At 15, James Bay caught the train down from Hitchin to London to go to his first ever gig: Paolo Nutini at Shepherd’s Bush Empire. Nine years later it’ll be him on that venerable stage, and he can’t quite believe it. He’s only had one single — which went to No 62 — and one small collection of acoustic tracks in the shops, but I haven’t met a more obvious future arena-filler in years.
“I’ve looked at the poster for Shepherd’s Bush a couple of times and had to pick my jaw up off the floor,” he tells me. “I spoke to Ben Lovett of Mumford & Sons at a gig a while ago. He said they’ve played arenas and all these incredible venues but they’ll always remember Shepherd’s Bush.”
He’s an extraordinarily fast riser, with plenty of tip lists and Critic’s Choice action expected at the end of this year. You only have to look at his gig schedule for his ascent to be plain. Next week he’s sold out the 1,100-capacity Scala in King’s Cross. In the first part of next year he’s added Koko (1,400, sold out) before the Empire (2,000, almost there) too. “Koko sold out three-and-a-half months before. It’s weird to say it,” he says.
His appeal is obvious. He’s a 24-year-old Depp-alike, cheekbones up to here, with skinny black jeans and a line of teenage girls waiting outside tonight’s social club venue while he soundchecks. One fan has brought an amazingly life-like pencil portrait of the singer to give to him.
Today he was up at 4.30am to fly from Dublin to London to record a radio session for Zane Lowe, then travel back up to Leeds on the train for the gig. “Being exhausted is all part of the fun,” he insists. “I’m cool with it. I’m not going to wish that it would slow down.”
Of course, he would say that. He’s operating at the most exciting place to be in music: the cusp, playing every venue for the first time, basking in that first flush of fan adoration and knowing that even if the charts haven’t yet backed him up, he has at least one classic song on his hands. Let It Go, a break-up ballad plucked on his electric guitar and sung in his honey-and-sand voice, reminds me of Ed Sheeran’s The A Team in its beautiful simplicity.
When he played it live on Fearne Cotton’s Live Lounge on Radio 1 in September, an unknown last-minute booking after Lana Del Rey pulled out, he started trending on Twitter and the song became the most searched on the track-identification service Shazam. Taylor Swift, currently the world’s biggest pop star, loves it. She went to a Hozier gig in Nashville recently, where Bay was supporting, and buttonholed him as she left through the stage door.
“She had a lot to say about it. She got deep into it. She was dissecting the lyrics, wanting to know about all these specific little moments in the song. She said I’m on her playlist of stuff that she listens to all the time. It’s nice when somebody that enormously famous gives you a little nod of the cap.”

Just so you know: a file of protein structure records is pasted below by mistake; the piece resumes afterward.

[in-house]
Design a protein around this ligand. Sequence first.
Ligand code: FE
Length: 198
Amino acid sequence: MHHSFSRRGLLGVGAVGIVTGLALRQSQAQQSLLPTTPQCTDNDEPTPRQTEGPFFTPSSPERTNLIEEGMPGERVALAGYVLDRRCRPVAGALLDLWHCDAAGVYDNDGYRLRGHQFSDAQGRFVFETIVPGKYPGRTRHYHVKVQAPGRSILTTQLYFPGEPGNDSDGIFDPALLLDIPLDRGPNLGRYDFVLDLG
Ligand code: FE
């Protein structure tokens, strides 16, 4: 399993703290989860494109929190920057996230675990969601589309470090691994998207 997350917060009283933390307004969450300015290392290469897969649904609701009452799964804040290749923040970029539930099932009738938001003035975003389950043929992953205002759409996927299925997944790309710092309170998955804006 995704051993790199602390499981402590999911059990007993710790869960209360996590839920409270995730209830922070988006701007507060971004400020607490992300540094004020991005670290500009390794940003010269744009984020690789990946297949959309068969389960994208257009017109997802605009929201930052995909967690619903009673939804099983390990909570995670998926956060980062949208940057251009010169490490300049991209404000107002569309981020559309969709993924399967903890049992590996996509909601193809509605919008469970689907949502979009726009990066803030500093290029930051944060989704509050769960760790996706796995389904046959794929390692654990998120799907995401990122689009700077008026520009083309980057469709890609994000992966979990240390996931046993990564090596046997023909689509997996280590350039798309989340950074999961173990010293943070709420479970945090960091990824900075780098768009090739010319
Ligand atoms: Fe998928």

He’s gathering allies in the right places, with another friend and fan in Sam Smith, and has supported John Newman, Kodaline and 2013 Critics’ Choice winner Tom Odell on tours. He shares management with this year’s breakthrough guitar guy, George Ezra. They discovered him at the Brighton music college BIMM, where he was halfway through a three-year guitar course in the same year as Odell and a veteran of the city’s many open-mic nights. “The greatest thing I learned on all those open mics was how to shut up a drunk pub,” he says.
“When I was 15, if anything I thought I was going to be a Delta bluesman, which is so ridiculous. But I kind of have always sounded like I do now. I love the intimate, single spotlight, troubadour-y quiet, delicate moments. But I also love Springsteen and screaming and shouting.”
He’s starting to show a rockier side on next week’s new single (released by Virgin), Hold Back the River, a slow-builder that proves a powerful encore in concert. A debut album has been finished in Nashville and is ready to go as soon as the tips-for-2015 season is done with.
The back story, the way he tells it, is that the opening notes of Layla sent him scurrying, at 11, to find his dad’s long-abandoned acoustic guitar and learn to play. “I bought a guitar CD-Rom because we had a new computer but I had no attention span for that. I spent about three hours on it desperate to be brilliant. Eventually I got some proper lessons.”
YouTube had just become a thing and he binged on classic guitarist videos. He started a band in Hitchin called The Jet Kings, with him on rhythm guitar and his older brother singing. They liked Kings of Leon and Jet a lot. But it was too easy to be a big fish as a teenager in Hitchin, so he went alone to Brighton.
“I was increasingly getting into older people like Ray LaMontagne and Bob Dylan and John Mayer, all these artists writing on their own. I was inspired by this introvert thing. I did think one day I would go it alone.”
Today he’s a fast talker with a healthy ego (but sorry ladies, he does have a long-term girlfriend who gets songs written about her and all that soppy stuff).
At the start of 2013 he signed his record deal in the US before the UK, with Republic, home of Florence + the Machine and Lorde. So he knows there are global ambitions for his updated take on melodic Seventies rock. “When I was a little kid, these people like Bruce Springsteen and Michael Jackson were kind of like superheroes. I don’t think it’s wrong to hope to reach those heights,” he says.
He knows how good he is, as well he should. And the rest of the world is catching on fast. The sound of 2015 will be all James Bay.
James Bay plays the Scala, N1 (020 7833 2022, scala-london.co.uk) on Nov 25; Koko, NW1 (0870 432 5527, koko.uk.com) on Feb 12; O2 Shepherd’s Bush Empire, W12 (0844 477 2000, O2shepherdsbushempire.co.uk) on April 8